Each month, the Indie Spotlight highlights a new game that exemplifies the creativity, cleverness, and beauty of today’s independent games market.
This month’s Indie Spotlight is:
Good Dog, Bad Zombie
One day, something bad happened to many hoomans. There was much sad. But something was wrong. Those hoomans stopped behaving like good boys. They were a mean pack. Many bad smells, no scritches. Attacked hoomans and doggos alike. Scared other hoomans away. These were the zombees.
Many days went by and things got worse. Hoomans became scared and hard to find. Being smart boys, the doggos found shelter in the giant play time yard, Central Bark. Kept zombees away from doggos. Made much safe, made good place. Except, hoomans didn’t know about safe place with good trees and much room for play time. Because we are smart and brave, and sometimes hoomans aren’t, we needed to go and guide them to a new happy place of much food and many sleeps…
Look, there isn’t a deep grasp of logic needed to understand why the game of Good Dog, Bad Zombie has merit. People love dogs and hate zombies. Dogs are loyal, brave, faithful companions who give love and affection to their owners with reckless abandon while asking for very little in return. They are protectors, companions, and friends. They are playful, entertaining, and have an almost instinctual capacity to uplift one’s spirits when you’re down. Dogs are amazing creatures and easily one of the best things humanity has ever created.
Zombies, by contrast, are pretty much the exact opposite. Zombies are former humans, a shambling display of death and decay. They are mindless creatures with no semblance of their former selves; walking husks who are difficult to kill and whose sole impulse is to seek out and destroy other living things. Particularly other humans – which often creates more zombies. Zombies are an abject lesson in what you could potentially get if you distilled humanity down its most basic, primal motivators: spread, consume, reproduce. They are a darkened mirror of ourselves that generate a fearful and visceral negative reaction. Zombies are everything dogs are not.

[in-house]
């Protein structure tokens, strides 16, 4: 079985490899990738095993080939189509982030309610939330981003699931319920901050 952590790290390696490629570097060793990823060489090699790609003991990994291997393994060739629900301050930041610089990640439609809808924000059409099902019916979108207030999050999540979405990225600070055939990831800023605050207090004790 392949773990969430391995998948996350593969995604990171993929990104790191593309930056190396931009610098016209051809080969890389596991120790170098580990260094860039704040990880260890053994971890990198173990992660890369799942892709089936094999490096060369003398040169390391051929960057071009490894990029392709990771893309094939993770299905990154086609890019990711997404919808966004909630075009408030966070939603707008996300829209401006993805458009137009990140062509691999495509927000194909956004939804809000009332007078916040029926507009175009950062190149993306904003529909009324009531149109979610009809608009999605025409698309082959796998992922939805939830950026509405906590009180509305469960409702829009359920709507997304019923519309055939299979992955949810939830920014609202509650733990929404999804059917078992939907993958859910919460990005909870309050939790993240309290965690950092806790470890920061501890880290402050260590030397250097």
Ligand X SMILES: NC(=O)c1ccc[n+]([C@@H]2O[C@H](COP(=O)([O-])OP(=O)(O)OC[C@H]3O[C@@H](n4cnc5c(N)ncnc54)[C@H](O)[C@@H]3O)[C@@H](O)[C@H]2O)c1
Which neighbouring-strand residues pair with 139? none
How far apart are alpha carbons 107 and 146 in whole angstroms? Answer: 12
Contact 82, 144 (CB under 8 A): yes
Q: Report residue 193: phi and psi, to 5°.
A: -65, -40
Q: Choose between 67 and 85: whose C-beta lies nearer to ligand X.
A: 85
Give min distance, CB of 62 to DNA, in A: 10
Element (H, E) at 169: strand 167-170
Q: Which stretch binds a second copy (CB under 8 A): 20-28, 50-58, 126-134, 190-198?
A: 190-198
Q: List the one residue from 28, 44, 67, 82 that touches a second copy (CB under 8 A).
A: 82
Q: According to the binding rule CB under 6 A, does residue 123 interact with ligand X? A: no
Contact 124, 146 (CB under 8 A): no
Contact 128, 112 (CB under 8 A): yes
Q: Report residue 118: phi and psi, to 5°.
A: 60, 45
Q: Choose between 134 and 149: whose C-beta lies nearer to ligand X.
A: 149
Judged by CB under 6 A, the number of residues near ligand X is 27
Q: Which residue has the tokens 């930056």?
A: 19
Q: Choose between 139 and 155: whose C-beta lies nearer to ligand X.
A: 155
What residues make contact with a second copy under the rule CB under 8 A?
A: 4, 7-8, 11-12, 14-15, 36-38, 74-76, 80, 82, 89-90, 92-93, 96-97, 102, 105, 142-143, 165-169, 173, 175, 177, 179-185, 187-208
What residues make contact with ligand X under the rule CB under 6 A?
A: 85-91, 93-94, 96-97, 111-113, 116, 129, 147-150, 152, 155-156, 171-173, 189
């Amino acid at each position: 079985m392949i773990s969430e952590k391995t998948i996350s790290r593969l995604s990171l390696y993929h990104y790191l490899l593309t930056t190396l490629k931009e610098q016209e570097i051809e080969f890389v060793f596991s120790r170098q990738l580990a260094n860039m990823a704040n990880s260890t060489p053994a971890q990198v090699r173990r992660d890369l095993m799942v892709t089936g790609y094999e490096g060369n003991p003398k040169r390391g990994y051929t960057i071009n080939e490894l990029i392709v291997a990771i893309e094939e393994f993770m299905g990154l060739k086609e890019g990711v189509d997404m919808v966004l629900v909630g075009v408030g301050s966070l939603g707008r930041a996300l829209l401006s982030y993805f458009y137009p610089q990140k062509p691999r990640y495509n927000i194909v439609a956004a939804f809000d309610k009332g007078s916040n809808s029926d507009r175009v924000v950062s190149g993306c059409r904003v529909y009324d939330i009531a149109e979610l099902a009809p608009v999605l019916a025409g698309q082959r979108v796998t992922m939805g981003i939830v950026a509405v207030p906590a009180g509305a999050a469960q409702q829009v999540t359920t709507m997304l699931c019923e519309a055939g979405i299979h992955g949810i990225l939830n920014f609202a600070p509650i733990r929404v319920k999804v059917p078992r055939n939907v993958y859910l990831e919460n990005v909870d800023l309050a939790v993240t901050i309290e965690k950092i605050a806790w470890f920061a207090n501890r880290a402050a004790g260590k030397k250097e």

It is this juxtaposition you find at the heart of Good Dog, Bad Zombie, the latest tile by Make Big Things. In this lightweight cooperative game, players are a pack of doggos who have set up shelter in Central Bark, a safe space amid a post-apocalyptic part of the city. They have managed to do a decent job securing things by themselves, but realizing that life wouldn’t be as good without us humans, they decide to venture out into the city and herd as many humans back as possible. Your collective goal is to bring a certain number of humans back alive.
The catch (because of course there is), is that the zombie horde is attracted to the smell of humans and will slowly march on Central Bark for those juicy brains of ours. Therefore, time is not on your side. Moreover, anytime a human dies in your efforts to rescue them, or if a zombie successfully breaches the gates of the park, your pack becomes more feral. If the pack’s feral rate gets too high, it forgets what it’s like to have human friends and you lose.
Most of the mechanics of GDBZ are straightforward, if familiar even, with you taking turns spending energy cards to perform various doggo-related actions, including guiding humans and attacking zombies. There’s plenty of variance from card draws and a die roll determining where new zombies spawn. What brings this particular game to the Spotlight is a refreshing and different take on a very well-worn theme. Your choice of zombie-related survival games nowadays are legion, and many have a tendency to blend together. Good Dog, Bad Zombie subverts the typical vantage point of such games by having you play out the scenario through the eyes of a bunch of four-legged companions instead, providing a novel and entertaining take on a zombieland setting while still leaving much of the expected tension-filled fears intact. It’s a creative and clever take on the zombie trope, and any game capable of doing that is worth looking at.
And sure, the fact that this one also features some doggo friends certainly doesn’t hurt.
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